Target’s massive data breach, in which criminals were able to drop malware onto point-of-sale systems and compromise at least 40 million credit and debit cards, is now the subject of a federal lawsuit by banks who issued those cards. And Target is arguing in court today that those claims should be thrown out, Bloomberg reports—because the company claims it had no obligation to protect the banks from damages.
The suit has been brought by five banks—First Federal Savings. Village Bank, Umpqua Bank, Mutual Bank, and Louisiana’s CSE Federal Credit Union. As a group, the banks are claiming losses because the breach exceeded $5 million. The lawsuit is playing out as representatives from financial organizations, including the US’s two major credit union industry associations, are pressing Congress to take action to hold retailers more accountable for payment data breaches and to bring them under the same privacy standards as financial institutions with regard to financial data.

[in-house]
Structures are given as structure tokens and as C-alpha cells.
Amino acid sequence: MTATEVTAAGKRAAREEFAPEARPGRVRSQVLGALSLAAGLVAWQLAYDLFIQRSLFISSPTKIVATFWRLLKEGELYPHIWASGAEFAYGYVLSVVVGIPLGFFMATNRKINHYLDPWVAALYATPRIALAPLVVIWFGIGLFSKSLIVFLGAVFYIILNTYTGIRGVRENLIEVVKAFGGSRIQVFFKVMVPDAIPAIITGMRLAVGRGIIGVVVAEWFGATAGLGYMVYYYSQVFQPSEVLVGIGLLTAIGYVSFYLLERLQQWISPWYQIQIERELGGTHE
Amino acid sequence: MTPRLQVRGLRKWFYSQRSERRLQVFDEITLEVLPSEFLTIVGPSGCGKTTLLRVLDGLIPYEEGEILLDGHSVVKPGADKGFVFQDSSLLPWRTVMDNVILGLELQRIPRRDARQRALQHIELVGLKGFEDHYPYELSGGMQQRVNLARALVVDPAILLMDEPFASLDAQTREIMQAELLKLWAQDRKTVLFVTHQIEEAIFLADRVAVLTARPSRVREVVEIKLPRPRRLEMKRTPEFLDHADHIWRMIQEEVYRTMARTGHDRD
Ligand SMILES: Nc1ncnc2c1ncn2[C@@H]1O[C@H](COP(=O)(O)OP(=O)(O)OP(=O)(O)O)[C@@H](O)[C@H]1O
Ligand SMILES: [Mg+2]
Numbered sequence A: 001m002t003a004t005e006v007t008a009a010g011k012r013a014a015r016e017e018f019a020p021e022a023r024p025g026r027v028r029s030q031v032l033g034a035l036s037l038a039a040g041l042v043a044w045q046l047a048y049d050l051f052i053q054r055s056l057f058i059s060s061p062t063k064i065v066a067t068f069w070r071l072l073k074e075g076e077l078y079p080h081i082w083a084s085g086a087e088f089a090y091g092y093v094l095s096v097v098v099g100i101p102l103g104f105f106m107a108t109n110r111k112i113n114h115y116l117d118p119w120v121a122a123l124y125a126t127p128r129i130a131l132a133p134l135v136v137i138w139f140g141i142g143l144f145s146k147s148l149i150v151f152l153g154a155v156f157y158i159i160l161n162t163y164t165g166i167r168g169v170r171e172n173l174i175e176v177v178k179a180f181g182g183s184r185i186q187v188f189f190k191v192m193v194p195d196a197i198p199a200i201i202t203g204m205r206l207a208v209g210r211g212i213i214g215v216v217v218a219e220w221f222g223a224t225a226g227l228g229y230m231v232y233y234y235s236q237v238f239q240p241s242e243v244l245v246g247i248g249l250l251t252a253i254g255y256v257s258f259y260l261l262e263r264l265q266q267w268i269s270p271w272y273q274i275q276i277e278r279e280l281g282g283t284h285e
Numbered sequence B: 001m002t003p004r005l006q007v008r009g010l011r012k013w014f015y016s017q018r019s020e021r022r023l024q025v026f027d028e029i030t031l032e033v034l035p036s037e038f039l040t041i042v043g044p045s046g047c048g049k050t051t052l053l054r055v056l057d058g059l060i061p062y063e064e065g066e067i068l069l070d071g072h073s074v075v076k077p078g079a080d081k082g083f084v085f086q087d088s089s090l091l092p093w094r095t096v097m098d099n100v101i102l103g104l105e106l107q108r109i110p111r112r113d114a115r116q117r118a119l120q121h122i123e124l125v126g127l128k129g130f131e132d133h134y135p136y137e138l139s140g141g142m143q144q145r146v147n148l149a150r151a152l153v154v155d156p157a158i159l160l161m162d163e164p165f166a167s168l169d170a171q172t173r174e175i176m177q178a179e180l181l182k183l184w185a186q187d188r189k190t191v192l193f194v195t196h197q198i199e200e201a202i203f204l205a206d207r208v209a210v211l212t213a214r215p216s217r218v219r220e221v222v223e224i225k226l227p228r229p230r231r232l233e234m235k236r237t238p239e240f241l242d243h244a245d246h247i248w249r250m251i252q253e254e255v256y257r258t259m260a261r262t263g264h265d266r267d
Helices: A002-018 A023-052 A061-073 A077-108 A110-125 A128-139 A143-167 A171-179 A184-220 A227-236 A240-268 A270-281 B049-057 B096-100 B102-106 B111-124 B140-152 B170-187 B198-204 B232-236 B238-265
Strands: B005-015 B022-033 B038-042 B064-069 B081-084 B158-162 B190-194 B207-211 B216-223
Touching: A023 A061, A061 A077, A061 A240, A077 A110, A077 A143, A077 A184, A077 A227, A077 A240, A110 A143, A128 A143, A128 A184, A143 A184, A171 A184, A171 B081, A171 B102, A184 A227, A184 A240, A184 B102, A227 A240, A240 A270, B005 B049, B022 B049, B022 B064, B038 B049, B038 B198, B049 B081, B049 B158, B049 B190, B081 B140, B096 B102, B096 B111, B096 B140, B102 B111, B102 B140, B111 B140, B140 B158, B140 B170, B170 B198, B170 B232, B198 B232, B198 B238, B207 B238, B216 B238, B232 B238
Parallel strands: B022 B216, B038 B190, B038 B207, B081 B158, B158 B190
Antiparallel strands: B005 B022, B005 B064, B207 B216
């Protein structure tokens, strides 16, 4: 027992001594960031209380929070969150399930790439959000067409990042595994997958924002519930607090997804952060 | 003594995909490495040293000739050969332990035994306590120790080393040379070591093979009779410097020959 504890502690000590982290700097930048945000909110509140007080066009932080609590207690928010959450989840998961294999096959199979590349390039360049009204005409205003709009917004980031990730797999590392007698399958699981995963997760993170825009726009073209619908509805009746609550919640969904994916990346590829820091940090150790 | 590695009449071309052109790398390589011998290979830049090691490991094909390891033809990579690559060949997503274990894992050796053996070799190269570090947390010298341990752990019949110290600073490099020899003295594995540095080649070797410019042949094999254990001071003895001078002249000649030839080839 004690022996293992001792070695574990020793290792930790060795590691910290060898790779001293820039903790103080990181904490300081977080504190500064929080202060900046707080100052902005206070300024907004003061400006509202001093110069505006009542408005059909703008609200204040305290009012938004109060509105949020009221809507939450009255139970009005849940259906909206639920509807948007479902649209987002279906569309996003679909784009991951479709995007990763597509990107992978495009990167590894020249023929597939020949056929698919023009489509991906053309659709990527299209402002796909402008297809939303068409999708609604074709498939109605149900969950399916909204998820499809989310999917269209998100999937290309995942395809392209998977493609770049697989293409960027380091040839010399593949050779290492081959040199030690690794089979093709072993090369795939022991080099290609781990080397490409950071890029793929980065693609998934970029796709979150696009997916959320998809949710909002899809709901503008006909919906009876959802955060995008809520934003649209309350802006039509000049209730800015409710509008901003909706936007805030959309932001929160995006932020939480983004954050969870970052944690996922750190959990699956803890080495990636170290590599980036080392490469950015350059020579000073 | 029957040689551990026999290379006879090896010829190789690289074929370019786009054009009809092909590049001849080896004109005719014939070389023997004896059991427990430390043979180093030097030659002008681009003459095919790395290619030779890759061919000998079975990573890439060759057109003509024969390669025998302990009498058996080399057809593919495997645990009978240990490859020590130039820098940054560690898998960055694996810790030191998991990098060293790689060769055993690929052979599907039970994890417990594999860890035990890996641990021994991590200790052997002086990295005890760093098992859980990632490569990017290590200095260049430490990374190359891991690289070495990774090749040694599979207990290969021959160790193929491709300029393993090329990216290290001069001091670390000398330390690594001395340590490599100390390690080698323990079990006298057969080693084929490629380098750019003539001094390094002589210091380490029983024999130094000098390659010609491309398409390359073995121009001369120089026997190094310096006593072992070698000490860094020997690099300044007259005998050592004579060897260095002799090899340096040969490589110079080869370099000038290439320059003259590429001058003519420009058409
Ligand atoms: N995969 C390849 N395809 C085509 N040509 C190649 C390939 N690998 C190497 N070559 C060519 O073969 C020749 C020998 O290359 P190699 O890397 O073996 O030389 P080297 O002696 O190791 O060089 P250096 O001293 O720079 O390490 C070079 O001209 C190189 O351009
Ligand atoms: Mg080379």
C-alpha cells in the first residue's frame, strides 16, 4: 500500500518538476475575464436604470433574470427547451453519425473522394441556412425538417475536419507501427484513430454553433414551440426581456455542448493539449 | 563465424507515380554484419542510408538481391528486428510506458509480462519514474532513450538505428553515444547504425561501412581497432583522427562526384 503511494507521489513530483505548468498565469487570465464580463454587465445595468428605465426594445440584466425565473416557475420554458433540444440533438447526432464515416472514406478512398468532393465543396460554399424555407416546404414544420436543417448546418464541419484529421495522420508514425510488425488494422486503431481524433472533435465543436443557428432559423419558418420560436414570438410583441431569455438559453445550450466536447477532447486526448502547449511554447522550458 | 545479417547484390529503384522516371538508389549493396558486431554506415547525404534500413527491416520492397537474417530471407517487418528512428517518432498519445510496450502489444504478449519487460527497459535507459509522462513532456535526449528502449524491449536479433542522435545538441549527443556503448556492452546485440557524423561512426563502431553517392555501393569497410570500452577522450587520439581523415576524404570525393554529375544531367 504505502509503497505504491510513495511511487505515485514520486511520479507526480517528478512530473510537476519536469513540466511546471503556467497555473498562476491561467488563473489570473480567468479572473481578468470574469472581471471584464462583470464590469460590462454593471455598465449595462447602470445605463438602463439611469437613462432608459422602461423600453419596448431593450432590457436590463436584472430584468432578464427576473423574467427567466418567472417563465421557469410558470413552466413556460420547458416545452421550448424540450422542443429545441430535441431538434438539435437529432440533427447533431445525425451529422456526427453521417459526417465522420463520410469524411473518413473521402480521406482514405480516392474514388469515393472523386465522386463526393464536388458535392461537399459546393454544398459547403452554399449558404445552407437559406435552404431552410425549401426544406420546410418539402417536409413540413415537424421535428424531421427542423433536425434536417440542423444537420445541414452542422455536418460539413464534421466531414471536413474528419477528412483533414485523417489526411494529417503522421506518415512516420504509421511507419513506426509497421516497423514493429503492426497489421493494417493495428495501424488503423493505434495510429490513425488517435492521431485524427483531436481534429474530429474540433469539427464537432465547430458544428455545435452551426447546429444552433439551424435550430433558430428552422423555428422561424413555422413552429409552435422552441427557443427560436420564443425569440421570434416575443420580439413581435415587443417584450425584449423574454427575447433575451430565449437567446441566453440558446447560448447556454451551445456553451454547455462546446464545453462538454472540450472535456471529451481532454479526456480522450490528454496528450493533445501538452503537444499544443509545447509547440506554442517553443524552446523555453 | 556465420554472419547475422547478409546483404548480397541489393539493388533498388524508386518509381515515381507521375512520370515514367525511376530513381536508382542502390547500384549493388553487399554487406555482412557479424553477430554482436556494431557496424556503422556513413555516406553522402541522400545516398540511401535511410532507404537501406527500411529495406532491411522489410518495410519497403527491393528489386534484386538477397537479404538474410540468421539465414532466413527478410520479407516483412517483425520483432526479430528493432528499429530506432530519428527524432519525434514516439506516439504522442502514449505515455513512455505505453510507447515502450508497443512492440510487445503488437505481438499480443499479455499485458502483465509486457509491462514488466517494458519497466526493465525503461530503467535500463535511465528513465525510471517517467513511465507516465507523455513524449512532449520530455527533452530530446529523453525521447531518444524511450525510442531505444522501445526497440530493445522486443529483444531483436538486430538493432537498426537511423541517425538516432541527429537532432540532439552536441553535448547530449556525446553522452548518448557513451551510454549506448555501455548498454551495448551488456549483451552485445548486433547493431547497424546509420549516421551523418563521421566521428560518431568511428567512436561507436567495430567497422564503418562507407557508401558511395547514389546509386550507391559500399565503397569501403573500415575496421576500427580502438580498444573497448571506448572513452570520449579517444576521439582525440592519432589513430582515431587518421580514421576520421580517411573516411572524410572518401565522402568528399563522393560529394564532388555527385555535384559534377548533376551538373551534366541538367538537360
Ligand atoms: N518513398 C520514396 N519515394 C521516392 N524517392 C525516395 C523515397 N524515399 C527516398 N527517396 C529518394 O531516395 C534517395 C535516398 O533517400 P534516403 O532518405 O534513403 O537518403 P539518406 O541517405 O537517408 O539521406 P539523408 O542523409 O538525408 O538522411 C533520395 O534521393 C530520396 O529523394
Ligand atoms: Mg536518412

Major retailer data breaches over the past year, including the ones at Target and Home Depot, have caused banks and credit unions to have to reissue hundreds of millions of payment cards. The Home Depot breach, first reported in September, was revealed last week to have exposed 53 million customer e-mail addresses, as well as 56 million payment cards.